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SWEDEN - Ministry of Health - Care for young people with dysphoria

Updated: Jan 23

Care for children and adolescents with gender dysphoria

Traduction française (texte original):

The National Board of Health and Welfare (NBHW) was commissioned by the Swedish government to update the "national guidelines on care of children and adolescents with gender dysphoria", first published in 2015 [1]. The chapters of the guidelines are being updated in stages, and this report contains revised guidance on psychosocial support and diagnostic assessment, as well as on puberty-suppressing treatment with GnRH analogues and gender-affirming hormone therapy. This report thus replaces the corresponding chapters of the 2015 publication. The remaining chapters and all updated guidelines will be published at a later date in 2022. In response to comments received during the external review, two new chapters have been added, entitled New recommendations on hormone treatment - their reasons and consequences and Non-binary gender identity - current knowledge and need for clarification. Another difference from the 2015 guidelines [1] is that the term "gender incongruence" is used alongside the term "gender dysphoria". For an explanation of terms and abbreviations, see Appendix 2. For a description of the scientific evidence and clinical experience underpinning the recommendations and working process, see Appendices 3 and 4.

The recommendations apply to children and adolescents, i.e. people under the age of 18. In the text sections relating to medicine, the term children refers to people who have not yet reached puberty, while the term adolescents refers to people who have started puberty. In the text sections relating to legal regulations, only the term "children" is used, referring to people under the age of 18. Finally, the term "young people" is sometimes used in text sections concerning children and adolescents.

Introductory comments

The following summary and introductory chapter describe that the updated recommendations for puberty suppression with GnRH analogues and gender-affirming hormone therapy have become more restrictive compared to 2015, and the reasons why they have changed. The new recommendations imply that a greater proportion than before of adolescents with gender incongruity referred for diagnostic evaluation of gender dysphoria will need to be offered care other than hormonal treatments. The question of how to ensure that all young people with gender dysphoria are taken seriously and confirmed in their gender identity, that they are welcomed and cared for appropriately, is increasingly relevant and will need to be answered during the ongoing restructuring of some gender dysphoria care into three national specialist medical care services (NBHW decision in December 2020). The care of children, adolescents and adults with gender dysphoria in these three specialized national units is intended to improve equality of care, coordination and dialogue, and may strengthen the implementation of national guidelines.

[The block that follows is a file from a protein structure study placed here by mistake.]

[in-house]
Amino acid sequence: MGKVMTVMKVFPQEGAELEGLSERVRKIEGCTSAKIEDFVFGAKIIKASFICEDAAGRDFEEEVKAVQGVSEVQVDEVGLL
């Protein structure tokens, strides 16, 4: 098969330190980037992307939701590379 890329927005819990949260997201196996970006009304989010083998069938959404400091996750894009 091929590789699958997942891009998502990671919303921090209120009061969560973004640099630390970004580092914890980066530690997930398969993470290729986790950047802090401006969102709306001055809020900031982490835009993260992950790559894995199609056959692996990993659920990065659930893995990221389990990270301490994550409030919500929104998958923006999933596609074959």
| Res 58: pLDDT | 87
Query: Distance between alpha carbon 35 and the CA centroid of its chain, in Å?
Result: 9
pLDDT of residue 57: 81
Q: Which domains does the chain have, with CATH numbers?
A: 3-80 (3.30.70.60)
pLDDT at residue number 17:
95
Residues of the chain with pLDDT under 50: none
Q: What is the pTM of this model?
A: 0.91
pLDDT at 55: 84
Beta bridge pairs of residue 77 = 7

Recommendations and criteria for hormone treatment.

For adolescents with gender incongruence, NBHW believes that the risks of puberty-suppressing treatment with GnRH analogues and gender-affirming hormone therapy currently outweigh the possible benefits, and that these treatments should only be offered in exceptional cases. This judgment is based primarily on three factors: the persistent lack of reliable scientific evidence concerning the efficacy and safety of both treatments [2], new knowledge that detransition occurs in young adults [3], and the uncertainty that arises from the as yet unexplained increase in the number of care-seekers, a particularly large increase among adolescents registered as female at birth [4].

A systematic review published in 2022 by the Swedish Agency for Health Technology Assessment and Social Services Evaluation [2] shows that the state of knowledge remains largely unchanged from 2015. High-quality trials such as RCTs are still lacking, and evidence of treatment efficacy and safety is still insufficient and inconclusive for all reported outcomes. Furthermore, it is not possible to determine how common it is for adolescents undergoing gender-affirming treatment to subsequently change their perception of their gender identity or discontinue ongoing treatment. However, an important difference from 2015 is that the occurrence of detransition in young adults is now documented [3], meaning that the uncertain evidence pointing to a low prevalence of treatment interruptions or any aspect of regret is no longer undisputed. Although the prevalence of detransition is still unknown, the knowledge that it occurs and that sex-confirmation treatment can thus lead to deterioration in health and quality of life (i.e. harm) is important for overall judgment and recommendation.